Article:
The replayability is not simply ,ad on generic set-pieces, there is simply more iwantoom here. And yes, we get a full-color map of the city. The scope is also different: There simply is much, much more going on per district.
This goes to the point where, honestly, this makes for a great setting supplement for dressing in Oriental Adventures-style settings. Similarly, returning for leveling also includes notes on purchasing houses, etc.
In fact, this unique and intriguing component of the pdf, the honestly interesting quality of a sourcebook, also extends to the monka items. For example, there are 4 unique crickets.
There also are 6 different magical fortune cookies. Magic masks and puppets…so yeah, this is amazing. Now, it should also be noted that the book introduces lucky charms — no less than of them. They have a break condition, and when a character violates it, they cease kwamtoom function.
Moreover, they can take a multitude of shapes — kwanotom table of 25 entries, with sub-entries, ensures that lucky charms will remain unique and engaging.
However, there are two crucial differences that adds an impressive amount of unique character to the dungeon as you generate it. The first of these would be the massive Wah Off Match Co. The aforementioned company created cult classic, colorful renditions of monsters and characters on their matchboxes — no less than 48 unique creatures are provided for select pictures taken from these, all sporting pretty detailed background information.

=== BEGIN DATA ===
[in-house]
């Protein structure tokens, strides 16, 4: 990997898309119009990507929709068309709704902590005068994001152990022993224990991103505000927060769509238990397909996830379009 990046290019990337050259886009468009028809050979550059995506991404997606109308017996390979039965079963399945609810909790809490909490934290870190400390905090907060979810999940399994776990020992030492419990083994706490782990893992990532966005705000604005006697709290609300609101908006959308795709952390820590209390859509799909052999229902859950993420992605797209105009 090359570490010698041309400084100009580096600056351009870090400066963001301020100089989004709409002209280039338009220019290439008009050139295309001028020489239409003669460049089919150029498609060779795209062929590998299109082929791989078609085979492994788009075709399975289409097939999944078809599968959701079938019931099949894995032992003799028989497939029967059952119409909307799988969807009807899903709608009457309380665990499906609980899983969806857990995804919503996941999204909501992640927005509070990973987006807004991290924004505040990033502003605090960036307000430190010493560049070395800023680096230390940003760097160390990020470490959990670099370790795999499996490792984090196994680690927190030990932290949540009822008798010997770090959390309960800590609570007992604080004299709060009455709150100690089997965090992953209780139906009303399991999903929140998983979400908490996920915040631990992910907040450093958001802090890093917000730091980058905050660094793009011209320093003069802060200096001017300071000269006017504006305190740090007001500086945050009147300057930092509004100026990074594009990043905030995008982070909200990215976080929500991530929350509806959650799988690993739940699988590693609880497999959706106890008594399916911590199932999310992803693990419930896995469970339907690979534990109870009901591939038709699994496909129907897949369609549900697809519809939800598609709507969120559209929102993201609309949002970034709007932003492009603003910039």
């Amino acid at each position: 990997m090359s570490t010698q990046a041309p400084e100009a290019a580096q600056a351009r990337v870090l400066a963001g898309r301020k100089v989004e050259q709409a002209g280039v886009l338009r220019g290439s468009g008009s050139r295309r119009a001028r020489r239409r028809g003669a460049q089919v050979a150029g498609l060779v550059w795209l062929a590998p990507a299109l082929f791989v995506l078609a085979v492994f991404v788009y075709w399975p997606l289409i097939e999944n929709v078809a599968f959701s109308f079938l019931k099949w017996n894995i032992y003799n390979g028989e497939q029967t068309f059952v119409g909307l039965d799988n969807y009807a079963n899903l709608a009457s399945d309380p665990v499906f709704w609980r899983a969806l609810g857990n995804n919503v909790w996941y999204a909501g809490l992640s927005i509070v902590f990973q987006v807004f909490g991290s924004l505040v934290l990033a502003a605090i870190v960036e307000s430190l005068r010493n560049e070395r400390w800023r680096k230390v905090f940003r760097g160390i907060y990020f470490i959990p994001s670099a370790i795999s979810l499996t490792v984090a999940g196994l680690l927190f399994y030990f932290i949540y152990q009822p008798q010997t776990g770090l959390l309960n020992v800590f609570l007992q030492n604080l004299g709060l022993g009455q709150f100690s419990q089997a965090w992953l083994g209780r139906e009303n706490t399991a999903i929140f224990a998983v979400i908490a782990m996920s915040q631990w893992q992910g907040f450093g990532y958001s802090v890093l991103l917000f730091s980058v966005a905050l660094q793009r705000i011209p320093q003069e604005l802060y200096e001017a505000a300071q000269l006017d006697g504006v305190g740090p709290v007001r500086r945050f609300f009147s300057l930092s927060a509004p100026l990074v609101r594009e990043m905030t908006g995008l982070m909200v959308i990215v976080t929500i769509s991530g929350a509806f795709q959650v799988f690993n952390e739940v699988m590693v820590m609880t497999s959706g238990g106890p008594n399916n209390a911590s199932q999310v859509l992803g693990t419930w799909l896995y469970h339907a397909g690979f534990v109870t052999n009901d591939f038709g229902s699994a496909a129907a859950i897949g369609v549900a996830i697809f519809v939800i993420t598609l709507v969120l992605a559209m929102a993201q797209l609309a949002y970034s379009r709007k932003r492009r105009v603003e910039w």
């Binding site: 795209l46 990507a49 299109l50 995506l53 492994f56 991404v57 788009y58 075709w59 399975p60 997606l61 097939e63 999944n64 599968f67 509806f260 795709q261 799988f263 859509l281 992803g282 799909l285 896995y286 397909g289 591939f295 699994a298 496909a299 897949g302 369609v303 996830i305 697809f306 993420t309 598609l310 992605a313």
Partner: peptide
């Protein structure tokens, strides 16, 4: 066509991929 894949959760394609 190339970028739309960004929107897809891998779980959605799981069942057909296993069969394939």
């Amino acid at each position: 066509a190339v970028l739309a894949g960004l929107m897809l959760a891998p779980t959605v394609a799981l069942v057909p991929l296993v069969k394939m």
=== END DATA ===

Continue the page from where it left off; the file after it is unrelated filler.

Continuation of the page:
The section on personal goals for characters has been greatly expanded, and we once more get a table f quirks and former backgrounds. There is more that sets this apart from its predecessor, namely the fact that we actually do get a secrets-chapter. This chapter provides some really cool components, and builds on the gloriously od angle some of the entries sport.
Editing and formatting are very good — apart from a few minor hiccups, I noticed no serious glitches, with rules-integrity being surprisingly concise for the amount of content provided. kwantiom
The full-color cartograhy of Kwantoom is nice and the lwantoom of the Wah Tun matchbox pictures for monsters is genius and flavorful. The pdf comes with nested bookmarks, though they could be a bit more detailed.
Beyond that, the book actually manages to excel at being an amazing GM toolkit for old-school Oriental Adventures as well. This book is just kwantoo and works surprisingly well on many levels: The variant monks and races should work sans snafus in all LL-campaigns; the monsters are unique and the magic items creative.
The tables and dungeon-generation aspects can be used by a GM for random dressing and loot and the secret-section basically provides set-piece encounters. Kwantoom as a city is also interesting — in spite of mostly existing in tables and stuff that happens.
In short, no if how you look at this book, it delivers. It also manages to secure its own flavor and identity, which is another big plus. This is an inspiring book well worth the asking price. You can find the print version mwantoom on Lulu! More articles you may enjoy: Clockwork Wonders of Brandlehill.
Mad Monks of Kwantoom (OSR)